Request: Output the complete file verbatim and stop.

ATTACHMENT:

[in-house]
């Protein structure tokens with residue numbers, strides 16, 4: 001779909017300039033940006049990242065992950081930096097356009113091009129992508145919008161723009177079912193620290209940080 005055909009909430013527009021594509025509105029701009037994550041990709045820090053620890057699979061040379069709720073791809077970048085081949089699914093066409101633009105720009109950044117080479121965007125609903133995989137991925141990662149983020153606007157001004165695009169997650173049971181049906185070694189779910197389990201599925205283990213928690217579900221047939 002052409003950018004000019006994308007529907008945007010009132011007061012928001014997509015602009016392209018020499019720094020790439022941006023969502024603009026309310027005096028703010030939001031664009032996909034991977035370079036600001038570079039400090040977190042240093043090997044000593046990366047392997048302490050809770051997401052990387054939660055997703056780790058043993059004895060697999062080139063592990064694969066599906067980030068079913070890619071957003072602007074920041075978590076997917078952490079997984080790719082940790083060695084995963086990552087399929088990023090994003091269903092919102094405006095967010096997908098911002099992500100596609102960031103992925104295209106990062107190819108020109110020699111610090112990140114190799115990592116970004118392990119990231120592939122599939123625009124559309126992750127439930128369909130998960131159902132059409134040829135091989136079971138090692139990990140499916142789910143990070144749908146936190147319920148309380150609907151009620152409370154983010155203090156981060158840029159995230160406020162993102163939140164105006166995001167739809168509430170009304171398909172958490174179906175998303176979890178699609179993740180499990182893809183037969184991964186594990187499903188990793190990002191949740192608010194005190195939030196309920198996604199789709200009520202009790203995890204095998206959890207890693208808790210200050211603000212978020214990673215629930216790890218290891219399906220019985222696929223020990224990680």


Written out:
[in-house]
């Protein structure tokens with residue numbers, strides 16, 4: 001779909017300039033940006049990242065992950081930096097356009113091009129992508145919008161723009177079912193620290209940080 005055909009909430013527009021594509025509105029701009037994550041990709045820090053620890057699979061040379069709720073791809077970048085081949089699914093066409101633009105720009109950044117080479121965007125609903133995989137991925141990662149983020153606007157001004165695009169997650173049971181049906185070694189779910197389990201599925205283990213928690217579900221047939 002052409003950018004000019006994308007529907008945007010009132011007061012928001014997509015602009016392209018020499019720094020790439022941006023969502024603009026309310027005096028703010030939001031664009032996909034991977035370079036600001038570079039400090040977190042240093043090997044000593046990366047392997048302490050809770051997401052990387054939660055997703056780790058043993059004895060697999062080139063592990064694969066599906067980030068079913070890619071957003072602007074920041075978590076997917078952490079997984080790719082940790083060695084995963086990552087399929088990023090994003091269903092919102094405006095967010096997908098911002099992500100596609102960031103992925104295209106990062107190819108020109110020699111610090112990140114190799115990592116970004118392990119990231120592939122599939123625009124559309126992750127439930128369909130998960131159902132059409134040829135091989136079971138090692139990990140499916142789910143990070144749908146936190147319920148309380150609907151009620152409370154983010155203090156981060158840029159995230160406020162993102163939140164105006166995001167739809168509430170009304171398909172958490174179906175998303176979890178699609179993740180499990182893809183037969184991964186594990187499903188990793190990002191949740192608010194005190195939030196309920198996604199789709200009520202009790203995890204095998206959890207890693208808790210200050211603000212978020214990673215629930216790890218290891219399906220019985222696929223020990224990680």